This article previously appeared on Information Management. Mordechai Guri is Chief Science Officer at Morphisec.
National Cybersecurity Awareness Month closed by focusing on scenarios straight out of action movies and nightmares – attacks on our critical infrastructure. These days, however, the threat is more likely to come from an innocent seeming email than bomb-toting terrorists à la Die Hard.
Utilities, hospitals, transportation systems, and all the other systems our communities and countries depend on are increasingly digitally controlled and connected. This brings tremendous productivity and reliability gains: better alignment of supply and demand, predictive maintenance planning, predictive outage response, instantaneous sharing of vital data and more. In some cases, like health care, it can make the difference between life and death.
However, this hyper-connectivity has increased the cyber risk for our critical systems exponentially. The U.S. Industrial Control Systems Cyber Emergency Response Team (ICS-CERT) reported that, in 2015, cybersecurity incidents involving critical infrastructure increased by 20%. And 2016 shows no slowdown.
Take the spate of ransomware attacks on health service organizations that disrupted operations for days in some cases. Or April’s attack on the Lansing Board of Water and Light in Michigan that cost the utility an estimated $2 million so far.
Even our most potentially dangerous systems are at risk. Inspectors at a nuclear plant in Gundremmingen, Germany discovered malware on several PCs earlier this year. Fortunately, they were not connected to any critical systems in the nuclear reactor. And just last month, the head of the International Atomic Energy Agency (IAEA) revealed that an attack occurred on an unnamed nuclear plant at some point in the past two to three years – one that was serious enough to disrupt operations.
Energy Under Attack
The energy sector is particularly vulnerable. Coordinated cyberattacks on the Ukraine power grid ten months ago left more than 230,000 customers without power. Hackers gained control of the Supervisory Control and Data Acquisition (SCADA) network that controlled the grid and proceeded to shut off approximately 60 substations.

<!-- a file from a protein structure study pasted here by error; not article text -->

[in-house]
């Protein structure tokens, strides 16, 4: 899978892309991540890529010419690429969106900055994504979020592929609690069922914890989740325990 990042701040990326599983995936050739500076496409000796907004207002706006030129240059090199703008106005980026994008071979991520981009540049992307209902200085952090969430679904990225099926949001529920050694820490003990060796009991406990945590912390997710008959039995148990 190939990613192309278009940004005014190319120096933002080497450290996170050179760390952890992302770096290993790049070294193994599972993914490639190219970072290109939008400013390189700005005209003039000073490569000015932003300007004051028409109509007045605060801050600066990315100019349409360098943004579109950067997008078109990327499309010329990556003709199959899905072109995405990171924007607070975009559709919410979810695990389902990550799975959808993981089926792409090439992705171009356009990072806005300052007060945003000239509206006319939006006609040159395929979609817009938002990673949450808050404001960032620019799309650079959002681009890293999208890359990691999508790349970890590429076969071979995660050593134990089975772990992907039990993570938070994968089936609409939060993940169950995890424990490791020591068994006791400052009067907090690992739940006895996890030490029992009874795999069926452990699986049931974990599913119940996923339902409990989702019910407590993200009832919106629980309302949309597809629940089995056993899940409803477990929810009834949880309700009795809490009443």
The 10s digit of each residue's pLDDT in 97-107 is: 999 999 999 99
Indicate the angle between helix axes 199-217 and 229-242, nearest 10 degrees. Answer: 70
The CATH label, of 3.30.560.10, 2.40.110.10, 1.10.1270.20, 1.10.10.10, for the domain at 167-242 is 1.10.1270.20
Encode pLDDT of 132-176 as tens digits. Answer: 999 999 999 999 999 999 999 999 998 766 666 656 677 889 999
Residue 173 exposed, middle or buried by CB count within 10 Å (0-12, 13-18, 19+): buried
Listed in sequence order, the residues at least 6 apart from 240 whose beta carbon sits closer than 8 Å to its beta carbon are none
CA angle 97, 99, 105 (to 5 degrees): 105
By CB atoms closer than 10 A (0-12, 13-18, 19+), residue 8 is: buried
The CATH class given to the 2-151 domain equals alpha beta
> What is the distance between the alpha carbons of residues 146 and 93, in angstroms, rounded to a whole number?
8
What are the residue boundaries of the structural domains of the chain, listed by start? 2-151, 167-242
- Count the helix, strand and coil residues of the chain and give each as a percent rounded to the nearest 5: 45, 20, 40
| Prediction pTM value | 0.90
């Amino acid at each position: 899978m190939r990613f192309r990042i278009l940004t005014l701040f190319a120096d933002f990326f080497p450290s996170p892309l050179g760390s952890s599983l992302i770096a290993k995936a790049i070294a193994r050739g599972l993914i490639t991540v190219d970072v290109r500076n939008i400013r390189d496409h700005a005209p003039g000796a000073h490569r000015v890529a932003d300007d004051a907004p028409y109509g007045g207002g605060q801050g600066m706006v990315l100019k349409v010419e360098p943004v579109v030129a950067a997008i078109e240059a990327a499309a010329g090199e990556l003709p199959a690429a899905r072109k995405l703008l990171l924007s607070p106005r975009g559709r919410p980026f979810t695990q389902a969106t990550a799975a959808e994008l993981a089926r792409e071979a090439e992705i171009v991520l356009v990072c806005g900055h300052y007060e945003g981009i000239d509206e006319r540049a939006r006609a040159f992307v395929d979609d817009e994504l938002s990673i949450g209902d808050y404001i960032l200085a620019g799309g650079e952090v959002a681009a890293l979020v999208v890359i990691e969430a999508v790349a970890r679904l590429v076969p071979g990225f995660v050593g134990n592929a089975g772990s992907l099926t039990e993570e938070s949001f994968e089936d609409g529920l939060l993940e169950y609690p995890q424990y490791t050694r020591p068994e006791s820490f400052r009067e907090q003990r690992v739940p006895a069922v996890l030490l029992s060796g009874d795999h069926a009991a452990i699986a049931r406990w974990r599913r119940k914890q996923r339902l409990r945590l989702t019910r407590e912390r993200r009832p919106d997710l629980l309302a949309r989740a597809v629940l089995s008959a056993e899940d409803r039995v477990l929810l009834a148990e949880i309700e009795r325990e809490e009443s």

The initial infection vector? A phishing email with a malicious Word attachment that, when victims clicked to enable macros as prompted, downloaded the BlackEnergy3 malware that opened a backdoor by exploiting a vulnerability in Microsoft Office documents (CVE-2014-4114). From there, they eventually made their way into the SCADA networks, despite firewall segregation, by gaining access to the Windows Domain Controllers and stealing login credentials.
SCADA networks are an increasingly popular target. In the Institute for Critical Infrastructure Technology’s (ICIT) “The Energy Sector Hacker Report,” researchers point out that many utilities companies depend on legacy SCADA and industrial control systems (ICS ) that were not designed with cybersecurity in mind and are beyond their intended lives.
Toward a Resilient Infrastructure
Developing greater resilience in our critical infrastructure systems requires addressing several interrelated factors. On a broad scale, we must identify, assess and address risks while creating continuity practices to ensure essential services are still available when disruptions occur.
The best way to contribute to this resilience, from a cybersecurity standpoint, is to build a more resilient cyber threat prevention strategy. One that can adapt to the changing threat landscape to stay a step ahead of attackers’ plans. Such a strategy must begin with the most common entry point for attackers – the endpoint.
Small but Deadly
Other than the recently disclosed nuclear plant breach, for which we have no details, all of the above examples have one thing in common – the attack began at the endpoints. Take the case of attacks on the power grid. Malware, like BlackEnergy, is specifically developed to gain access to SCADA networks by targeting their human-machine interface (HMI) systems, which typically reside in a Windows-based endpoint.
Trend Micro researchers recently analyzed ICS-CERT advisories and data from TippingPoint’s Zero Day Initiative to understand the attack surface that is exposed by HMI systems. They found that Memory corruption vulnerabilities, including stack-based buffer overflows, heap-based buffer overflows, and out-of-bound reads and writes, are the most common type. Approximately twenty percent of the issues fell into this category. So, clearly, a resilient endpoint threat prevention stack must include a solution that can prevent or at least detect memory corruption vulnerabilities.
But, what about the ransomware attacks on hospitals? Many of these were file-less attacks. We can’t simply load-up the endpoints, trying to anticipate every type of malware variation and type. Not only would endpoint performance become sluggish, system administrators would be too busy chasing after security alerts to stay on top of critical operations issues.
Desperately Seeking the Solution
So, how can we protect our essential systems and services? Some newer technologies hold promise, as antivirus add-ons, to provide memory protection and exploit prevention without eating-up limited resources. Moving Target Defense (MTD), for example, makes vulnerabilities in applications like web browsers inaccessible to attackers by morphing the targets ahead of attacks.
Of course, the most basic advice is to keep patching. According to NSA Deputy Director Richard Ledgett, most of the high-profile breach cases that the NSA investigates involve a known but unpatched vulnerability.
Rather than seeking a single solution, critical industries should combine traditional and innovative technologies with good cyber hygiene to keep services running safely and efficiently.